© — Photos by Jeff Parsons/St. John’s IceCaps
St. John’s IceCaps netminder Eric Comrie stops a shot from the Springfield Falcons’ Lukas Sedlak during the teams’ AHL game Friday night at Mile One Centre. After IceCaps starting netminder Tyler Beskorowany surrendered three goals on the first eight shots, Keith McCambridge looked down the bench to find Comrie was already looking his way and awaiting for the nod to replace his beleaguered teammate.
Jets’ goaltending prospect answers the backup call and earns praise from McCambridge
Given the way Friday night’s American Hockey League game was shaping up early on, you could excuse young Eric Comrie if he contemplated hiding under the St. John’s IceCaps bench rather than be thrown to the wolves, or in this case, the Falcons.
Comrie, all of 18, was dressing for his first professional hockey game, with the IceCaps after the parent Winnipeg Jets sent he and fellow blue-chip prospect Josh Morrissey to St. John’s for a little late-season pro experience.
The baby-faced Comrie had just finished his Western Hockey League season, his Tri-City Americans KOed in five games in the first round of the playoffs by the Kelowna Rockets.
Friday at Mile One Centre, wearing a ball cap and jersey No. 30, Comrie was sitting on the bench backing up Tyler Beskorowany against the high-flying Springfield Falcons.
The Falcons, second overall in the Eastern Conference, lit up Beskorowany for three goals on the first eight shots he faced for a 3-0 lead. The game wasn’t even 10 minutes old.
So in came Comrie, and while the youngster did allow another two goals before the period was over, and a 5-1 Springfield lead, he kept the IceCaps in the game.
In fact, St. John’s nearly pulled out the win, only to see Jack Skille, the former seventh overall pick in the 2005 draft, score with 17 seconds left in regulation time to tie things up 7-7. Then Sean Collins won it for the Falcons in the extra session when he beat Comrie at the 2:50 mark, a play that started with what perhaps should have been a penalty after IceCaps’ captain Jason Jaffray was hauled down in the neutral zone.
It was a wild one, for certain, one of those I’ll-never-forget-my-first-pro-game moments for Comrie and Morrissey.
Thing is, if not for the end result, the story of the night might well have been Comrie, the slender 6-1, 170-pound goalie who stopped 35 of 40 shots for a third-star effort.
“I was nervous, for sure,” he said afterwards. “It’s your first pro game.
“But to be honest, I was really excited, too. It’s always exciting to get on the ice and play the sport you love.”
Comrie certainly made an impression on IceCaps coach Keith McCambridge, who is not always easily impressed. In those situations, McCambridge said, when a team appears to be on its way to a shellacking, backup goalies aren’t too fussy about going in to relieve the rattled starter.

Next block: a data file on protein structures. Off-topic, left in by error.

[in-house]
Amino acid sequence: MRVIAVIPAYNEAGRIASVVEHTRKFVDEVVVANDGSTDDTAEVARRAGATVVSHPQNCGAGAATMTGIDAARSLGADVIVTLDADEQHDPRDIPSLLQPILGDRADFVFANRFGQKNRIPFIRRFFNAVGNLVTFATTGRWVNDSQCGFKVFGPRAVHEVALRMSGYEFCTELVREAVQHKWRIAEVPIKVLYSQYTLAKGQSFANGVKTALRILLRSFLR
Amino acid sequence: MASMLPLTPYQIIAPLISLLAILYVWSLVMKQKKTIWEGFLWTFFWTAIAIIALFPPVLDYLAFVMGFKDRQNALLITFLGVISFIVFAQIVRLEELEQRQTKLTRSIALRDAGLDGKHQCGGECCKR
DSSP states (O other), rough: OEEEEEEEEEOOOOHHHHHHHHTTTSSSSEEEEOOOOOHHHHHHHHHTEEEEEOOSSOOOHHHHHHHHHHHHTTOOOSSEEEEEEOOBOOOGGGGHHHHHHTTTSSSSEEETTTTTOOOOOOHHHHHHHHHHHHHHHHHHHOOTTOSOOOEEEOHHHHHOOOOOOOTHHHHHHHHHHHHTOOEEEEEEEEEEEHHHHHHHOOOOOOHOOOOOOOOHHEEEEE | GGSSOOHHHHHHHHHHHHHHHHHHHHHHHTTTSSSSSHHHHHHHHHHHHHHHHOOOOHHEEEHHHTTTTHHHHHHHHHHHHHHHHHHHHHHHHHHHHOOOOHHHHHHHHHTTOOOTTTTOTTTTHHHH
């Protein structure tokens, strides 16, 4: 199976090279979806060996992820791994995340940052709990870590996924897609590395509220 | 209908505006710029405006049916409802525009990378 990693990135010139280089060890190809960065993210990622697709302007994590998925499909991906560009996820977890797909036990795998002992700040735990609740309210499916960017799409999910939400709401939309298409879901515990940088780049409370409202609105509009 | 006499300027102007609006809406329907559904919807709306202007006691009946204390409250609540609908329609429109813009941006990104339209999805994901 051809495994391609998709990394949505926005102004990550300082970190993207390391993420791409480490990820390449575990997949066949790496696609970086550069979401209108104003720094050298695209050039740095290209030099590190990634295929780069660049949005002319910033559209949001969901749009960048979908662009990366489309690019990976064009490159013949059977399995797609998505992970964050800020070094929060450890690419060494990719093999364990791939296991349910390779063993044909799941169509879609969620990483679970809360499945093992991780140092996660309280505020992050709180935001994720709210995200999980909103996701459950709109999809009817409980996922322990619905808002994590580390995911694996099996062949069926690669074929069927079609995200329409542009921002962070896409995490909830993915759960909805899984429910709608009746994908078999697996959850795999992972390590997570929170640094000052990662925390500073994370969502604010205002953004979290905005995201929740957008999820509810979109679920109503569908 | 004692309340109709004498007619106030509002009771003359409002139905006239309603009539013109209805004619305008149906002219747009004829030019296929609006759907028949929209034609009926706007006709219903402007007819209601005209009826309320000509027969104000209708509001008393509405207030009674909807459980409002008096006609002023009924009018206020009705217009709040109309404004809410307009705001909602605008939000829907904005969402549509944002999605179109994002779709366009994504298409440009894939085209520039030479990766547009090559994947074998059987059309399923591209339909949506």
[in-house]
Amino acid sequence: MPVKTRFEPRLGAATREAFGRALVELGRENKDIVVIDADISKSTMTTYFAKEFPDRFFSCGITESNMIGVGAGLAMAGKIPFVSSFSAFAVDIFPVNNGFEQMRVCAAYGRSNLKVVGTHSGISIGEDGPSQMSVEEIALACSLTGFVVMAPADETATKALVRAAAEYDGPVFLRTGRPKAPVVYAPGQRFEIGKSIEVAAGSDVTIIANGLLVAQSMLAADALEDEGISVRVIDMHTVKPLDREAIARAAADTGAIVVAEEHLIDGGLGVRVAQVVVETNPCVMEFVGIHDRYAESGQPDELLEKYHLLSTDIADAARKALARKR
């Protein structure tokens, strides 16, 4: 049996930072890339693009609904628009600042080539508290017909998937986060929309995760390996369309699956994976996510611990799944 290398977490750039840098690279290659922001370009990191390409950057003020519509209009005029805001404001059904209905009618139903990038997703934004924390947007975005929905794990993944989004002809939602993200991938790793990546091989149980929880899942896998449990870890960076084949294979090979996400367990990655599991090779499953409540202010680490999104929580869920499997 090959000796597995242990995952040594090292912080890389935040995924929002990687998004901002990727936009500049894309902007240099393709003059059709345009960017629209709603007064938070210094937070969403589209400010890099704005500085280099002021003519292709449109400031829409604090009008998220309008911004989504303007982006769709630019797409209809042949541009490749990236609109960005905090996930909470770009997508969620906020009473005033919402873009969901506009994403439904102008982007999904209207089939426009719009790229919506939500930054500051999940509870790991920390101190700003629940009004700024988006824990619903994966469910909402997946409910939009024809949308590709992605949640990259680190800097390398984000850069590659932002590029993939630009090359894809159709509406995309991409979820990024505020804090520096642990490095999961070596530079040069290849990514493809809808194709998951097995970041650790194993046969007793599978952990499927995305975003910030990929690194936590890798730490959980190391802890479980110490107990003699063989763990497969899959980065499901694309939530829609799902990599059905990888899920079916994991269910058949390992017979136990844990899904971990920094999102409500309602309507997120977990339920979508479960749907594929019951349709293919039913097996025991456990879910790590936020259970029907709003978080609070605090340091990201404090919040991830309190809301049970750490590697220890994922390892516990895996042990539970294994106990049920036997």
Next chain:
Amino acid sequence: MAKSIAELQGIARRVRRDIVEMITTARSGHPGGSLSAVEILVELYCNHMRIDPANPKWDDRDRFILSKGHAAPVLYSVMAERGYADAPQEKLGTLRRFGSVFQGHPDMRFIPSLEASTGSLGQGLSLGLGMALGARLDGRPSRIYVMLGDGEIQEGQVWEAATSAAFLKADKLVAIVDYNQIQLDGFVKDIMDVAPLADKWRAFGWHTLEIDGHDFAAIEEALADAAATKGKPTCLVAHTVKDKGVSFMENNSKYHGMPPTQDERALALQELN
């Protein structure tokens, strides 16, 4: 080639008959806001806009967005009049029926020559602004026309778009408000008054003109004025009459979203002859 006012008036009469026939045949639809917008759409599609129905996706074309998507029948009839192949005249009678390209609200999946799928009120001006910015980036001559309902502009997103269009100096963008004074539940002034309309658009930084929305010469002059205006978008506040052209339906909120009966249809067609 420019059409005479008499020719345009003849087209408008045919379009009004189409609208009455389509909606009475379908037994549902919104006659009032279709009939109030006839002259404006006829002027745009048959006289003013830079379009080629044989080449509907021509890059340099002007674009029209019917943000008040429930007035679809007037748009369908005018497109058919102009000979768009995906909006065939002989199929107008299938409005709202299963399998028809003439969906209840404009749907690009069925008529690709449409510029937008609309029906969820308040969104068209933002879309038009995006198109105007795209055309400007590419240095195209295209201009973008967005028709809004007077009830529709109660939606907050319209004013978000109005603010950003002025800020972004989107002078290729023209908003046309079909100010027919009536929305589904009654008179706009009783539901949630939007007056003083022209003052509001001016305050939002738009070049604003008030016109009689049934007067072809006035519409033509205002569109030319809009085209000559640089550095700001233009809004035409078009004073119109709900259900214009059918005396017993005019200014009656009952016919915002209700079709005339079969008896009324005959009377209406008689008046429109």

“Usually there’s not a lot of eye contact towards the head coach,” said McCambridge. “Not him (Comrie). He was looking directly at me. He wanted to go in.
“I like that. He’s a young man who wants to play, wants to get right in there and that was a chance to jump in with both feet.”
Comrie was the Jets’ third pick in the 2013 draft, 59th overall, behind Morrissey (13th) and 2014 Canadian world junior star Nic Petan (43rd).
He was 26-25-9 for the Americans this season, with a 2.57 goals against average and .925 save percentage.
Comrie is expected to contend for a spot on Canada’s world junior team next season.
That Comrie is a hockey player shouldn’t be surprising. His half-brothers Mike and Paul Comrie both played in the NHL, Mike for 11 seasons and Paul for 15 games with the Edmonton Oilers.
His 16-year-old brother, Ty, was a teammate this season on the WHL’s Americans.
See ‘HE LOOKED’, page B2
An Edmonton native, Comrie spent a good part of his childhood growing up in Newport Coast, Calif., just outside L.A., where his parents now live.
His father is Bill Comrie, founder of the The Brick, a widely popular furniture store later sold to Leon’s for a reported $700 million price tag.
While the Comrie boys might lead a charmed life, young Eric is determined to do all the work required to forge a pro career.
Not that it’s work.
“Every game is exciting, no matter if it’s a 1-0 game or something like this,” he said after the Friday slugfest. “You play the sport because you love it.
“It’s fun facing a lot of shots.”
Whether Comrie gets any more work is anyone’s guess. The IceCaps play the Hamilton Bulldogs 7:30 tonight and Wednesday and Beskorowany figures to get the start in both games (he won Saturday night’s rematch against the Falcons, 3-1).
Then it’s a couple of weekend games against the Hartford Wolf Pack at Mile One, before clewing up the regular season the following Friday and Saturday in Worcester, Mass. and Portland, Me.
The Jets have only two games remaining, Thursday (Boston Bruins) and Friday (Calgary Flames), and after that, if not sooner, Michael Hutchinson will be reassigned to St. John’s.
Whatever the short-term future holds, Comrie has caught McCambridge’s eye.
“I though he was real sharp,” the coach said of the kid’s debut. “Coming in under those circumstances, against an excellent team, he performed very well.
“He didn’t shrink, and what I mean by that is in a game like this, when there are a lot of pucks coming at you, pucks bouncing off legs, he didn’t get smaller with low confidence. He looked big, he looked good.
“I saw him at the Jets’ rookie camp in Penticton (B.C.) last summer, and I liked him then. He was a real focused young man, and I though he was the same Friday.”